It is worth mentioning that people who have been living outside the country for more than 10 years will be banned from running for the presidency. This means that most opposition figures that were exiled by Assad’s regime cannot run.

Q: Does the parliament have more power under the new constitution?

JABBOUR: We would have liked to see the legislative authority be more empowered but there are some improvements in the constitution overall.

SAMMAN: The president has overriding authority over the parliament. He can dismiss the prime minister whenever he pleases without going back to the parliament. He can do anything without referring back to the parliament.

Q: What about the judiciary?

JABBOUR: For the first time, there will be a clear reference to the role and the powers of the constitutional judiciary. This was not the case in the older constitution. The president still gets to select the judges. This could have been different.

SAMMAN: Theoretically, there is separation among the different branches. But the reality is not like that. The law that allows the security apparatus to detain whomever they please without going back to the judiciary is still there. Security personnel still have immunity while in power. This means that they could kill whoever they want without being held responsible.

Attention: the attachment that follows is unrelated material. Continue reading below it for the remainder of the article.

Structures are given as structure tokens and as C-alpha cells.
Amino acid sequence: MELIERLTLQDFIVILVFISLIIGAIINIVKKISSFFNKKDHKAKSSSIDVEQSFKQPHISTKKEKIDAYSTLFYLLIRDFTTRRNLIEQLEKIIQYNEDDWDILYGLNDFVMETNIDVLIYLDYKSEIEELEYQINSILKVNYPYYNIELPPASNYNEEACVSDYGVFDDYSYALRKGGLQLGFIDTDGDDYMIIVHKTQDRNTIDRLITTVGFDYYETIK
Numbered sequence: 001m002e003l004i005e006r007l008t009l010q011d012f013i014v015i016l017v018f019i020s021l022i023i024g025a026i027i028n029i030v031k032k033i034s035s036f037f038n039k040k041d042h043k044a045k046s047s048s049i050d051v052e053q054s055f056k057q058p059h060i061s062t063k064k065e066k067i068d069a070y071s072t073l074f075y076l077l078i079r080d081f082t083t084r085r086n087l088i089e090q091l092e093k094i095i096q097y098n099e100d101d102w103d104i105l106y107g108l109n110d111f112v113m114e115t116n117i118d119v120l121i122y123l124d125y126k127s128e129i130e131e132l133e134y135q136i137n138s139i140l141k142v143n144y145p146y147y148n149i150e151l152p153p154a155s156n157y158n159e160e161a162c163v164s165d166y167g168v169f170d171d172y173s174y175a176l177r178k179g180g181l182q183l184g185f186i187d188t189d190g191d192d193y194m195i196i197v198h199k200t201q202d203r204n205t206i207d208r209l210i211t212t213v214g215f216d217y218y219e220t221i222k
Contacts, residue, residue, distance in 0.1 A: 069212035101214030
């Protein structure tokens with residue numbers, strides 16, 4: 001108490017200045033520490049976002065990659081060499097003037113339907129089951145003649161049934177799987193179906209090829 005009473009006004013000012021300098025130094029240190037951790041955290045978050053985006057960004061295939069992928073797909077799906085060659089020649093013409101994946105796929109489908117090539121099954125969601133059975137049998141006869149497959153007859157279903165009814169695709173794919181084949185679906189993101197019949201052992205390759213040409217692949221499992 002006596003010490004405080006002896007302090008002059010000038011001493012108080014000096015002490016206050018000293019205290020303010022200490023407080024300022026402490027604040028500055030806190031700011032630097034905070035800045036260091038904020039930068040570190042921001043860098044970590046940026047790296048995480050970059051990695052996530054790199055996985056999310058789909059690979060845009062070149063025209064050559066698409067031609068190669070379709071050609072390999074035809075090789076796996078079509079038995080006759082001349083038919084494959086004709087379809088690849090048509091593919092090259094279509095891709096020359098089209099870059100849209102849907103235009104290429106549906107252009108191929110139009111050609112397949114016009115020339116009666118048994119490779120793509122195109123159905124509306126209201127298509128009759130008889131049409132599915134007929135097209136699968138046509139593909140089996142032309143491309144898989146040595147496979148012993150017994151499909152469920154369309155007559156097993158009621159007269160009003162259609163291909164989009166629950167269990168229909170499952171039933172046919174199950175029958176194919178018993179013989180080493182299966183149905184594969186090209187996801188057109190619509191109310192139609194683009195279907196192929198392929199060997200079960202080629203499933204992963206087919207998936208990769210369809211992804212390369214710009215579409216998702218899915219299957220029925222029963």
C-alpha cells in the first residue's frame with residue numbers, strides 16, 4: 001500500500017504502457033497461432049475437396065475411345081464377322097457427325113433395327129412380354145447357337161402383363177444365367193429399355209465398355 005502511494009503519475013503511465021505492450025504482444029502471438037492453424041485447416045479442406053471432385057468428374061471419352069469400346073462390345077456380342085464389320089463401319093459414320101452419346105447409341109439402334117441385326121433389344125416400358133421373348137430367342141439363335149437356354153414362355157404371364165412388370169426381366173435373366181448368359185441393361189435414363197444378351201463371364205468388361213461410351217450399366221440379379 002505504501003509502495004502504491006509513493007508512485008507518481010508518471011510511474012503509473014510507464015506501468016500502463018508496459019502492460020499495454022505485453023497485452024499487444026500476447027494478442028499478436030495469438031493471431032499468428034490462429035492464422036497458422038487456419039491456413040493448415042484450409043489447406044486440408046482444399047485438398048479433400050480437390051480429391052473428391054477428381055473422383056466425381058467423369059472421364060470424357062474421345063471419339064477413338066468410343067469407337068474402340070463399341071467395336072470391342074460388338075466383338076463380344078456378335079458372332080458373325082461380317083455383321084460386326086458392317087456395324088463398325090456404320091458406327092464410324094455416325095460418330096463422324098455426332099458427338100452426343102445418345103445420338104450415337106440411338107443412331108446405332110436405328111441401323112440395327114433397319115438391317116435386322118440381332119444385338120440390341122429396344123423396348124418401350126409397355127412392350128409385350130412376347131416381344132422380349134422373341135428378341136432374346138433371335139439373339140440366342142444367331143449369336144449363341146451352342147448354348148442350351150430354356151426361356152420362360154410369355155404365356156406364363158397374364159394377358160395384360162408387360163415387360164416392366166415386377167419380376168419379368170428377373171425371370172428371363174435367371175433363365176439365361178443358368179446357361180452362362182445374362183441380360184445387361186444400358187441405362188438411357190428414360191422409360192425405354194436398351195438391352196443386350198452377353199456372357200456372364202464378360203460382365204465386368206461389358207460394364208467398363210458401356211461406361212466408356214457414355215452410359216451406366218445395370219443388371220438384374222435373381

Q: If the Baath party is no longer the only permitted political party, does this mean that Syria would have a plural system?

JABBOUR: Yes. There are political parties being formed already. The committee responsible for approving political parties headed by the interior minister includes several judges.

SAMMAN: While the political parties law allow for pluralism, the Muslim Brotherhood remains banned under a previous law. Moreover, it is the interior minister who gets to choose which party could or could not be formed.

The budget of political parties is two million Syrian pounds ($34,900). With that money, the party leader can buy a car for him, a car for his assistant and the money is over. Meanwhile the Baath party may still be able to use money from the state budget because there is no clear article defining the position of Baath Party.

Q: Is the timing of the referendum on the constitution good? Are you expecting a high turnout? And how can residents of cities embroiled in violence – like Homs – vote?

JABBOUR: The timing is good. There has been pressure from the street to remove Article Eight and this is happening now.

We are expecting that the turnout will be high and the approval rate would be somewhere between 80 to 90 per cent. So if some residents do not vote, it will not change the results. Residents of these cities do not represent the whole of Syria.

SAMMAN: The timing in light of the violence is very wrong. There are areas that have no security at all. There are other areas where people are scared.

The time between the release of the draft constitution and the voting time is very short. There was little time to debate it. The opposition inside Syria has no chance to voice their opinion of it on national TV.

Moreover, the vote will take place on a Sunday [a working day in Syria]. What is expected is that employees in the public sector will be forced to cast their vote.

Source: Al Jazeera